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photo © Akademie der Künste Berlin/Kai Miedendorp

Production Report featured in
German Films Quarterly 03/2014

SPIELWEISEN is an idea as simple as it is clever: a series of ten filmed conversations with German actors about the moment and methods of acting. Curated by Ulrich Matthes with artists of his choice, it takes place in theaters significant to that person (e.g. Edith Clever with Nele Hertling in the Hebbel-Theater, Sandra Hüller in the Munich Kammerspiele etc). The conversations vary greatly with regard to mood as well as content, given the range of individuals concerned. This is then reflected in the visual composition.

SPIELWEISEN poses the question: what is real? How do aesthetic productions behave in relation to political and social space? In that nexus of subject and object, of physical presence and image, of the present, the here and now, and of memory, the Berlin Academy of Arts shines a spotlight on the construction and deconstruction of reality in the artists themselves. After all, it is an accepted and indisputable truism that the threshold between digital information and analogue use, between machine and man, between virtuality and body has long since become a dialectical key motive of contemporary art.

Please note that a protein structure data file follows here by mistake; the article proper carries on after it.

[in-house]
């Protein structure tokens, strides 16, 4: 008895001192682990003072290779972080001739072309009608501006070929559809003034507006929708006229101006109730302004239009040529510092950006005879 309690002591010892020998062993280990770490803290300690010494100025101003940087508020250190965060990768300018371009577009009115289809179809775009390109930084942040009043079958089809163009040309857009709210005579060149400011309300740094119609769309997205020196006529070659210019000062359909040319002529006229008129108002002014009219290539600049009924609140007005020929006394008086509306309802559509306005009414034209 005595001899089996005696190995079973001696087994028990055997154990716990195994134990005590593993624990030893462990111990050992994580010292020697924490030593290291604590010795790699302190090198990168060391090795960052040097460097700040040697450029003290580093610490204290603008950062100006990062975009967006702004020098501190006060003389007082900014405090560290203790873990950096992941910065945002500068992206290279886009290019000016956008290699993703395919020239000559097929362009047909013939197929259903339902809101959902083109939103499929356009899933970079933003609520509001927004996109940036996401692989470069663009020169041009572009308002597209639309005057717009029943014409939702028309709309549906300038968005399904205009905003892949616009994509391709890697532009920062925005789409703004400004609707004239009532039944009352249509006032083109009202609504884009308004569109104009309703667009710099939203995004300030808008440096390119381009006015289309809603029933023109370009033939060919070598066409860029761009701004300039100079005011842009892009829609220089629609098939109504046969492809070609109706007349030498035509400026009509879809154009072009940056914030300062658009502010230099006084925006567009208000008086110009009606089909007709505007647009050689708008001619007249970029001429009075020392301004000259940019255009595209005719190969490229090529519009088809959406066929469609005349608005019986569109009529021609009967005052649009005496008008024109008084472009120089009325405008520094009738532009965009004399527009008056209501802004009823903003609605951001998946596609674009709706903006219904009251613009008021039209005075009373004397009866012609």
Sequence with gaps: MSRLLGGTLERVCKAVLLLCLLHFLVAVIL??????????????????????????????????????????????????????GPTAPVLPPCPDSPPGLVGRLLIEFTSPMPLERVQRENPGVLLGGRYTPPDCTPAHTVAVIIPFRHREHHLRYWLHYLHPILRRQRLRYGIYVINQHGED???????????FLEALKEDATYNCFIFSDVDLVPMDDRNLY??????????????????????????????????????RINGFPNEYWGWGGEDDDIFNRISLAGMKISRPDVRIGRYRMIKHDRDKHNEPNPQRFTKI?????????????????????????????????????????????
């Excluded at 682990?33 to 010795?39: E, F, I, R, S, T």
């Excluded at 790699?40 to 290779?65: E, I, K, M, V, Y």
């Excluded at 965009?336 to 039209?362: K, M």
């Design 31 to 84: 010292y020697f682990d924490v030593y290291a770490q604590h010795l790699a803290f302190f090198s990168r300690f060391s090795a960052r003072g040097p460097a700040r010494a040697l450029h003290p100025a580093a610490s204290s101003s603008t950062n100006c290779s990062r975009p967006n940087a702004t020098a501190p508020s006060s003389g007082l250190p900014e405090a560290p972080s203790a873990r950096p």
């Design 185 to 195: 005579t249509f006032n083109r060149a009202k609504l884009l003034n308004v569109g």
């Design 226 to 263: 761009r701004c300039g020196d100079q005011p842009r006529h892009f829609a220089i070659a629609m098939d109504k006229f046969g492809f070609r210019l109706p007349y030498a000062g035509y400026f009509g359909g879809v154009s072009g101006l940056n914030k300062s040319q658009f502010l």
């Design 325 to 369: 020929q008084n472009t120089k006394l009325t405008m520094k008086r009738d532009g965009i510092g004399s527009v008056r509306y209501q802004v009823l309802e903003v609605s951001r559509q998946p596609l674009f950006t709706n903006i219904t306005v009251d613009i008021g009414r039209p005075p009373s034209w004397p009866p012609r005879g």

The moment in which somebody stands in front of another and claims to be someone he or she is not is the original moment, the big bang, of theater. Whether the claim is made in the form of a masquerade, through changed behavior or words, makes no difference. When acting is afoot, then for the length of the play the reality is that people watch other people reflecting that reality. As the greatest ever dramatist William Shakespeare wrote in Hamlet (Act 3, Scene 2): “For anything so overdone is from the purpose of playing, whose end, both at the first and now, was and is to hold, as ’twere, the mirror up to nature, to show virtue her own feature, scorn her own image, and the very age and body of the time his form and pressure.” Exactly.